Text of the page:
After more than a decade, superstitious, anal retentive, Amelia Schwartz finally stops mourning her parents' and brother's deaths and vows to direct her own destiny. When she abandons the dating world of gay, married and arrogant men to pursue single motherhood, Amelia ends up as an unparalleled branch in a controversial, twenty-first century family tree. She adopts a frozen embryo from her niece, Summer Curtis.
Amelia's quest to have a baby involves a group effort: Chandy Markum, a South African, Jewish immigrant fertility doctor, provides the technology; Summer, a young, married, over achieving attorney provides genetic ingredients; and Amelia provides a womb. Chandy is preoccupied with the loss of her first love in Apartheid-torn South Africa. Summer has zealous career ambitions, demanding bosses, and friction with her husband over when to start a family. Amelia attempts to apply superstitions, which normally rule her actions, to unprecedented preparations for giving birth to her biological cousin.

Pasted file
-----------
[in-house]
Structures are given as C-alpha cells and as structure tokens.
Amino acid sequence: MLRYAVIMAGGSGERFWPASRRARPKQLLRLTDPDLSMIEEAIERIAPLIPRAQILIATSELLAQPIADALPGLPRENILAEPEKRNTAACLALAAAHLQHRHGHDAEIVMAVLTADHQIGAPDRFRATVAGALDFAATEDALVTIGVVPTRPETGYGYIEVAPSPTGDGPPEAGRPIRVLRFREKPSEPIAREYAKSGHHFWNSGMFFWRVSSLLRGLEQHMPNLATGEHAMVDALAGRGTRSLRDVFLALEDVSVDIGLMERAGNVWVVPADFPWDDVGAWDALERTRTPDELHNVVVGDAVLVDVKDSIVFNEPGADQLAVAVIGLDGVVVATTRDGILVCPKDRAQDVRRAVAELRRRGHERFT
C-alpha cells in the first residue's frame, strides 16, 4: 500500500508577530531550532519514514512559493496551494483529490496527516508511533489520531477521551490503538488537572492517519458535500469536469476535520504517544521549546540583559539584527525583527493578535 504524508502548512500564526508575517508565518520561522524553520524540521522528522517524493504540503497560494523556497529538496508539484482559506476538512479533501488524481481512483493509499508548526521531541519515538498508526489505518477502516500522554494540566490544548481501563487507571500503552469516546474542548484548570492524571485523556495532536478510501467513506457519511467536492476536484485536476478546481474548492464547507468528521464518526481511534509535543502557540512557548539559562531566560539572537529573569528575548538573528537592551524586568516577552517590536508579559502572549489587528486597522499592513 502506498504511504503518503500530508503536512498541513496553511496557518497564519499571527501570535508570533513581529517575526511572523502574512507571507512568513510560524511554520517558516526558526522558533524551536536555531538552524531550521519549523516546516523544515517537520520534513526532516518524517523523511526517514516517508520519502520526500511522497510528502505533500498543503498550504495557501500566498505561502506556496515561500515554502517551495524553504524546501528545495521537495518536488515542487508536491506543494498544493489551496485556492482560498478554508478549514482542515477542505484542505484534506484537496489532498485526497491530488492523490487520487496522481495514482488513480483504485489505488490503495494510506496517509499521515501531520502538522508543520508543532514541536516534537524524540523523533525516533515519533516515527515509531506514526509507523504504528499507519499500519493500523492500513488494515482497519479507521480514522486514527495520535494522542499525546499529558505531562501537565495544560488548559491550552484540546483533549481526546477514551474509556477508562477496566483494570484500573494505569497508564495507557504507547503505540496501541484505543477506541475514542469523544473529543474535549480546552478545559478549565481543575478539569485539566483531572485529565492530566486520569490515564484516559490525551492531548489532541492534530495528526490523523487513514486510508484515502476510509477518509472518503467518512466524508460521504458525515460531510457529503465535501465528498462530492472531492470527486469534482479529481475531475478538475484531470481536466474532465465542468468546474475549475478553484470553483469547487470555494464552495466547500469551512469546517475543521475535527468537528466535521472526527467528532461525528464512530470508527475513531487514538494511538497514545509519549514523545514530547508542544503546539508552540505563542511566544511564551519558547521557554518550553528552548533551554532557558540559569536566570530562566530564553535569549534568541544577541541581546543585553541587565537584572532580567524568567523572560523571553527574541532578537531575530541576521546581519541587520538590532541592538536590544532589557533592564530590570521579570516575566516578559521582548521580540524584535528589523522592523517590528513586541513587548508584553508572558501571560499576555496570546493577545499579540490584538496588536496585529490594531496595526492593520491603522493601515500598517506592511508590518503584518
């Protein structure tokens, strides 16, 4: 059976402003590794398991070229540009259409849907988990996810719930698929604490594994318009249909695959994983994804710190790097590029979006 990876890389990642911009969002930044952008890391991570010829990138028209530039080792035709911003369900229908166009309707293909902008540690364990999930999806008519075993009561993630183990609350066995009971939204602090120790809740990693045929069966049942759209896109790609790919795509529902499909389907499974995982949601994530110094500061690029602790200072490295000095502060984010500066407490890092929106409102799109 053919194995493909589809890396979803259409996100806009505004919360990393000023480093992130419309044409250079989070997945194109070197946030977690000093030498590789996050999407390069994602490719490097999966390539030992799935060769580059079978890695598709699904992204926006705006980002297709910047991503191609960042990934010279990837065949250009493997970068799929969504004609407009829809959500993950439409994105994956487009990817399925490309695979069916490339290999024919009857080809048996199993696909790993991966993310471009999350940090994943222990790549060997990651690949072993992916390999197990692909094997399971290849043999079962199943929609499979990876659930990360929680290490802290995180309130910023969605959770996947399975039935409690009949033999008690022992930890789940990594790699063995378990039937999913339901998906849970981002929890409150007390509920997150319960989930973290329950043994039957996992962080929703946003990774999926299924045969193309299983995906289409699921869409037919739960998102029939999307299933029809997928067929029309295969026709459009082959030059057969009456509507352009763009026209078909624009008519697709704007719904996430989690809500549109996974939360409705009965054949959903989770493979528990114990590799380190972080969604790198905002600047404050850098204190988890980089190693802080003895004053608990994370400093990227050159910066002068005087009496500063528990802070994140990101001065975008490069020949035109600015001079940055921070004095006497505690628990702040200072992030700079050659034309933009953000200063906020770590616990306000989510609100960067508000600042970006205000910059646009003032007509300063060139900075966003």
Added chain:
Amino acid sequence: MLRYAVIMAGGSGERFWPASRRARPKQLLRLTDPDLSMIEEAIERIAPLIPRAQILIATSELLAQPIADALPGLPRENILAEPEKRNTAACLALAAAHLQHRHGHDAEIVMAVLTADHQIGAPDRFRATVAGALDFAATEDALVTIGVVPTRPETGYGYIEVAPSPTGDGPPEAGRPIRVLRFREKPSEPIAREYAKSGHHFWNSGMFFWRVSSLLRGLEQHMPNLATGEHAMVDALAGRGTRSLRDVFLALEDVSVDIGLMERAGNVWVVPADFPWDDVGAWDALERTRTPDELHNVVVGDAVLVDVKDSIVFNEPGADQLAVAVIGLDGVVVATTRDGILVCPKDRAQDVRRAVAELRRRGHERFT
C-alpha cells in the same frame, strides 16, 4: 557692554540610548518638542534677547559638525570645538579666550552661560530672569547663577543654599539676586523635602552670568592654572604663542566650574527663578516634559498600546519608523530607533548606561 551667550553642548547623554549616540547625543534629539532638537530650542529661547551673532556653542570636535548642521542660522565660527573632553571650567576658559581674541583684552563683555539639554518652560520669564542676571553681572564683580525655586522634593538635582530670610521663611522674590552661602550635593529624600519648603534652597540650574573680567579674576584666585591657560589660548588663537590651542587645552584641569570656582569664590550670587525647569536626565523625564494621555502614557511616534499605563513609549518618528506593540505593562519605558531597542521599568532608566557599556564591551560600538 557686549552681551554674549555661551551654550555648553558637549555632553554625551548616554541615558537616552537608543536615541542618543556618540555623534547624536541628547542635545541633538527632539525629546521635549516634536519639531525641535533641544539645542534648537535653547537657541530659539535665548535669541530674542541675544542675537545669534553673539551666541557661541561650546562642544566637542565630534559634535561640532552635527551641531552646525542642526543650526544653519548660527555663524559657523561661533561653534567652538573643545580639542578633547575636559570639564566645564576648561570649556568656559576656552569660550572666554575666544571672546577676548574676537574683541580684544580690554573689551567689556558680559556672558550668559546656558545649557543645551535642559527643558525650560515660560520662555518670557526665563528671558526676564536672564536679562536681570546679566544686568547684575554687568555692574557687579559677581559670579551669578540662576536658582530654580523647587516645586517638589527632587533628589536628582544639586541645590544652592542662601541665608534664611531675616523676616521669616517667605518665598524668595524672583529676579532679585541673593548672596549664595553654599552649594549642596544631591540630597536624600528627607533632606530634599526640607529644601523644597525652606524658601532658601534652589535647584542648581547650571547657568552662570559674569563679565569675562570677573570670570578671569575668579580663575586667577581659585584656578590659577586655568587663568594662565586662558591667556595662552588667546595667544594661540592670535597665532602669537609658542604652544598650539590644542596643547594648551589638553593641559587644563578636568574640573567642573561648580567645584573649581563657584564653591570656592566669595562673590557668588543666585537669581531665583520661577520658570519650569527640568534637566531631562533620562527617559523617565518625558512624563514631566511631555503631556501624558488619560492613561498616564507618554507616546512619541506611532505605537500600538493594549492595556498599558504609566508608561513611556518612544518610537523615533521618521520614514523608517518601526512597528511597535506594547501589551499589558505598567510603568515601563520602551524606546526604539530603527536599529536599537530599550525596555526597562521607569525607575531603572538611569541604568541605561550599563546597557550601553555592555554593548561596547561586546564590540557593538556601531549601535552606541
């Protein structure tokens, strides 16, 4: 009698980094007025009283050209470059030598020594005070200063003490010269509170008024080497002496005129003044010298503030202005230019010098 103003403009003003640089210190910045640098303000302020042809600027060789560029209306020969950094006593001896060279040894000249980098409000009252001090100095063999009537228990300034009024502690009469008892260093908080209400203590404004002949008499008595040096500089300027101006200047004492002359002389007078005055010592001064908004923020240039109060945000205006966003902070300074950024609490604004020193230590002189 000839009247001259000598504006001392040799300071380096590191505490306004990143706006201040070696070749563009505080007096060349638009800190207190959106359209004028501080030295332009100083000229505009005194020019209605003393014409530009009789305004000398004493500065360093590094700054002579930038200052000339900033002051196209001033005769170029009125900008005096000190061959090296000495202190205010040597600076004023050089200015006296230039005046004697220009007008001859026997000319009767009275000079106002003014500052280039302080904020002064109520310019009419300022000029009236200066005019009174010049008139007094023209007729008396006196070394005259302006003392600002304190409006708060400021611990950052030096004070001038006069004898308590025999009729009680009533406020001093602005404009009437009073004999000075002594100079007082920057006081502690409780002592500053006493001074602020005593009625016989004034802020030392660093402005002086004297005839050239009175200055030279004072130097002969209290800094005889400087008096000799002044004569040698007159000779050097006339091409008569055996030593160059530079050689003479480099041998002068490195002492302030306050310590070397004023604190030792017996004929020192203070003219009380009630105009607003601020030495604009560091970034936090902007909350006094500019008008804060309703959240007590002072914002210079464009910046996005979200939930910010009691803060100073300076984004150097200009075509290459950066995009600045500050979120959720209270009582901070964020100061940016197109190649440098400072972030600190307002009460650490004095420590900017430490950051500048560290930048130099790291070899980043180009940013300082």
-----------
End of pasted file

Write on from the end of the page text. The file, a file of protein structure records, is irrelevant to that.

Ultimately, these three women's participation in the groundbreaking procedure of embryo adoption intertwines their lives in unexpected and heartbreaking ways. The players must confront the reality that no matter how humans devise technology to manipulate reproduction, prolong life, and construct family units we have not yet mastered complete control over our beginnings and our ends.
So, what does the doctor being Jewish have to do with anything. Nothing annoys me more than using religion or race or appearance as shorthand for CHARACHTER. It's the worst form of lazy ass writing.
Also you've got the same problems with issue driven fiction we saw earlier. And your main character needs to get in touch with Dykes on Bikes and release her inner lesbian cause any woman who thinks all men are either arrogant, married or gay has a problem with men that might be better explained at the local GLBTG walk in counseling center.
Your story is a woman gives birth using assisted reproductive technology. So what? Millions of people do that. It might have been groundbreaking 10 years ago. It's so old hat now Jerry Springer can't even muster up outrage over it.